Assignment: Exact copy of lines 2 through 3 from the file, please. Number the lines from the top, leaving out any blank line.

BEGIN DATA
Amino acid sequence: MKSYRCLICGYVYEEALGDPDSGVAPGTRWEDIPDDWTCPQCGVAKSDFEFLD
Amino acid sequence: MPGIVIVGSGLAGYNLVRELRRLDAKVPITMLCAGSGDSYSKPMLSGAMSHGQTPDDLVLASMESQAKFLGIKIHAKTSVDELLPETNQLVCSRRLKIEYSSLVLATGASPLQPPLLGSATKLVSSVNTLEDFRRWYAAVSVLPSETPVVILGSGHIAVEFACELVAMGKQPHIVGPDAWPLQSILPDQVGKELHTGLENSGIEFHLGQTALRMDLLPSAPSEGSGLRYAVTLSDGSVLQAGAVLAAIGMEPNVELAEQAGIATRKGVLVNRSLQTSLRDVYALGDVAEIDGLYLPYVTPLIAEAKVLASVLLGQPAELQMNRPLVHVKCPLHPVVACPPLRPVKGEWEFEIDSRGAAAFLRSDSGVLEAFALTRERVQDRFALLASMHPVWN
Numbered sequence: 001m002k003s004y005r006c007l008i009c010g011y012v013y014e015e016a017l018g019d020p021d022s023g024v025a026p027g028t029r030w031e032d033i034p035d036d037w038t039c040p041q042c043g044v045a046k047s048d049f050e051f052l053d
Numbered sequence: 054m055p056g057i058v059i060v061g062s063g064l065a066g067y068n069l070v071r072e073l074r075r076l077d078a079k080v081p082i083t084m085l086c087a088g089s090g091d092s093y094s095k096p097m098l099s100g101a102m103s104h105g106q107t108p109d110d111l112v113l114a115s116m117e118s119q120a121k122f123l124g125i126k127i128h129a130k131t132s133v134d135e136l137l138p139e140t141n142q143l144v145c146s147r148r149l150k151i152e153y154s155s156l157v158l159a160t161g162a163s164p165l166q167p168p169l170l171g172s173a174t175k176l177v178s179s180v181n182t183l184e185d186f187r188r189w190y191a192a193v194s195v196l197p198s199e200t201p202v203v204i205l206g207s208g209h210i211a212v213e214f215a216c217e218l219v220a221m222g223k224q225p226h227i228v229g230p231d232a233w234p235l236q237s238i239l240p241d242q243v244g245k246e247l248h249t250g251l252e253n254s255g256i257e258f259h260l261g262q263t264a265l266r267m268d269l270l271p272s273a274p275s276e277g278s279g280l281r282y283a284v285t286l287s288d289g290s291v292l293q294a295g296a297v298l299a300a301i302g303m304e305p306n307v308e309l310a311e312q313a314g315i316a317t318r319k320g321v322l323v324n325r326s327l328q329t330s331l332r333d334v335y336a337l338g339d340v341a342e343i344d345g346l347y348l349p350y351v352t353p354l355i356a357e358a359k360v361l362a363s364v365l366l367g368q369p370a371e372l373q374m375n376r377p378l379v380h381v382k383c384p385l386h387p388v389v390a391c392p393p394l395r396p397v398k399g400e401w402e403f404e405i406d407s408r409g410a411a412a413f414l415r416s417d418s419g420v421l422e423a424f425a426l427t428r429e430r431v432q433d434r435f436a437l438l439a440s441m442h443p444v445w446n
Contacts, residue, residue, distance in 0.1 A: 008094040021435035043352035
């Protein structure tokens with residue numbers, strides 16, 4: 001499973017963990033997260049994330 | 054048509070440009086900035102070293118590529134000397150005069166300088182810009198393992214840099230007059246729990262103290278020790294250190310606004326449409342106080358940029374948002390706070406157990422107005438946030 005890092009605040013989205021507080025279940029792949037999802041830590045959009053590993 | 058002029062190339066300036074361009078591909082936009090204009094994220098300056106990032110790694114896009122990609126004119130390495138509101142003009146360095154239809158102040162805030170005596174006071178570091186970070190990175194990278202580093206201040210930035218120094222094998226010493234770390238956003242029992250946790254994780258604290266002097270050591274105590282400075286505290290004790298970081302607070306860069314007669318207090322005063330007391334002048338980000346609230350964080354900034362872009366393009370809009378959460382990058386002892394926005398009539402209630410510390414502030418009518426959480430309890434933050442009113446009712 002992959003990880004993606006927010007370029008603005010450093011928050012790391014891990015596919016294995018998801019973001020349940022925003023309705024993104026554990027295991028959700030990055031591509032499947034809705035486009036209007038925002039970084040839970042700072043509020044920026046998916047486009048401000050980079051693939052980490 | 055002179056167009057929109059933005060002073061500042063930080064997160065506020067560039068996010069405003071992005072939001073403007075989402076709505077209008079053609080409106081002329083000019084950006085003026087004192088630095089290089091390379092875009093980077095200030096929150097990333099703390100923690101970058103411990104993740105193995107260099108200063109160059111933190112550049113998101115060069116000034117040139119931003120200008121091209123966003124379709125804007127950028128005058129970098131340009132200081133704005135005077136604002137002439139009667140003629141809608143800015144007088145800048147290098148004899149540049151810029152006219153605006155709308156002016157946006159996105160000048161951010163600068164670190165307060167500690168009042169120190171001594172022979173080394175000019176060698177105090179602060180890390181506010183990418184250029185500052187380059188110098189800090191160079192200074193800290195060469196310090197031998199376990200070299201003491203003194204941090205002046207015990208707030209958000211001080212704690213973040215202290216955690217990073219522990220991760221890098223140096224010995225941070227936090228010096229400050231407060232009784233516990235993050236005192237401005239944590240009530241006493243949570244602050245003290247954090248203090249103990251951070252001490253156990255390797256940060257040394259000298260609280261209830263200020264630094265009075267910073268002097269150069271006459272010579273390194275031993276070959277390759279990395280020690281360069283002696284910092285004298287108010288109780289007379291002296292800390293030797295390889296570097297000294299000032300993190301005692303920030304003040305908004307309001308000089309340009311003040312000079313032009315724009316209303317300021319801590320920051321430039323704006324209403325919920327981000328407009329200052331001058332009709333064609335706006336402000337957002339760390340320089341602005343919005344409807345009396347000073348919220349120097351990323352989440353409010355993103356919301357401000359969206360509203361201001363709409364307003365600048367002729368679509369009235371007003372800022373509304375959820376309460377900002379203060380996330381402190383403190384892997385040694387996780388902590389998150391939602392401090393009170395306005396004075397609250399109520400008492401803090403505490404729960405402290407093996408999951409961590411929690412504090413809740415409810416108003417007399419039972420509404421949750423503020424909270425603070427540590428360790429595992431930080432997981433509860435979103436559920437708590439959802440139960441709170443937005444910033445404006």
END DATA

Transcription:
Amino acid sequence: MPGIVIVGSGLAGYNLVRELRRLDAKVPITMLCAGSGDSYSKPMLSGAMSHGQTPDDLVLASMESQAKFLGIKIHAKTSVDELLPETNQLVCSRRLKIEYSSLVLATGASPLQPPLLGSATKLVSSVNTLEDFRRWYAAVSVLPSETPVVILGSGHIAVEFACELVAMGKQPHIVGPDAWPLQSILPDQVGKELHTGLENSGIEFHLGQTALRMDLLPSAPSEGSGLRYAVTLSDGSVLQAGAVLAAIGMEPNVELAEQAGIATRKGVLVNRSLQTSLRDVYALGDVAEIDGLYLPYVTPLIAEAKVLASVLLGQPAELQMNRPLVHVKCPLHPVVACPPLRPVKGEWEFEIDSRGAAAFLRSDSGVLEAFALTRERVQDRFALLASMHPVWN
Numbered sequence: 001m002k003s004y005r006c007l008i009c010g011y012v013y014e015e016a017l018g019d020p021d022s023g024v025a026p027g028t029r030w031e032d033i034p035d036d037w038t039c040p041q042c043g044v045a046k047s048d049f050e051f052l053d